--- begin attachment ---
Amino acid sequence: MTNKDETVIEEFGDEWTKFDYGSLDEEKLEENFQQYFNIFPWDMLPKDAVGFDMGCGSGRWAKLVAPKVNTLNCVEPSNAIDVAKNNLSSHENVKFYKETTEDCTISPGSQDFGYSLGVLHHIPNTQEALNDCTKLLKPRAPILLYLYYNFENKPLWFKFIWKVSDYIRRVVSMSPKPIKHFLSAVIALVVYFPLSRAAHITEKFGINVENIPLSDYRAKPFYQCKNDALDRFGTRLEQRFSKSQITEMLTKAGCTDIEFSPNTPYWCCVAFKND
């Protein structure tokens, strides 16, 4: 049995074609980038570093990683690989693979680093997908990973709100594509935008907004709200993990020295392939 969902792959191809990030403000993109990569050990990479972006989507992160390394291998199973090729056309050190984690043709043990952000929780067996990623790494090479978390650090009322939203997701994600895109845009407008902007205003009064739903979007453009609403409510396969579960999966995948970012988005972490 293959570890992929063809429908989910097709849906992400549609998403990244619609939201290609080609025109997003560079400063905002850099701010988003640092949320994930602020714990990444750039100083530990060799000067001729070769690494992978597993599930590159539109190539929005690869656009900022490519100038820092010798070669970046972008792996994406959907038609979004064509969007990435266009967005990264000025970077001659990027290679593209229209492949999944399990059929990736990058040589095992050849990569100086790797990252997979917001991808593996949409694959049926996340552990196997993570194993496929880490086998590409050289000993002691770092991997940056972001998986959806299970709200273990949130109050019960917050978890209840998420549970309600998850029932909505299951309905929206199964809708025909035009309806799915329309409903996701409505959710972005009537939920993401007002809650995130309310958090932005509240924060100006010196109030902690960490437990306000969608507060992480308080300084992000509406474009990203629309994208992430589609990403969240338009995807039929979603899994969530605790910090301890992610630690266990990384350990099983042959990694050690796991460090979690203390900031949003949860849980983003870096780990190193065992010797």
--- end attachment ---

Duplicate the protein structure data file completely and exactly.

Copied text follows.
Amino acid sequence: MTNKDETVIEEFGDEWTKFDYGSLDEEKLEENFQQYFNIFPWDMLPKDAVGFDMGCGSGRWAKLVAPKVNTLNCVEPSNAIDVAKNNLSSHENVKFYKETTEDCTISPGSQDFGYSLGVLHHIPNTQEALNDCTKLLKPRAPILLYLYYNFENKPLWFKFIWKVSDYIRRVVSMSPKPIKHFLSAVIALVVYFPLSRAAHITEKFGINVENIPLSDYRAKPFYQCKNDALDRFGTRLEQRFSKSQITEMLTKAGCTDIEFSPNTPYWCCVAFKND
């Protein structure tokens, strides 16, 4: 049995074609980038570093990683690989693979680093997908990973709100594509935008907004709200993990020295392939 969902792959191809990030403000993109990569050990990479972006989507992160390394291998199973090729056309050190984690043709043990952000929780067996990623790494090479978390650090009322939203997701994600895109845009407008902007205003009064739903979007453009609403409510396969579960999966995948970012988005972490 293959570890992929063809429908989910097709849906992400549609998403990244619609939201290609080609025109997003560079400063905002850099701010988003640092949320994930602020714990990444750039100083530990060799000067001729070769690494992978597993599930590159539109190539929005690869656009900022490519100038820092010798070669970046972008792996994406959907038609979004064509969007990435266009967005990264000025970077001659990027290679593209229209492949999944399990059929990736990058040589095992050849990569100086790797990252997979917001991808593996949409694959049926996340552990196997993570194993496929880490086998590409050289000993002691770092991997940056972001998986959806299970709200273990949130109050019960917050978890209840998420549970309600998850029932909505299951309905929206199964809708025909035009309806799915329309409903996701409505959710972005009537939920993401007002809650995130309310958090932005509240924060100006010196109030902690960490437990306000969608507060992480308080300084992000509406474009990203629309994208992430589609990403969240338009995807039929979603899994969530605790910090301890992610630690266990990384350990099983042959990694050690796991460090979690203390900031949003949860849980983003870096780990190193065992010797």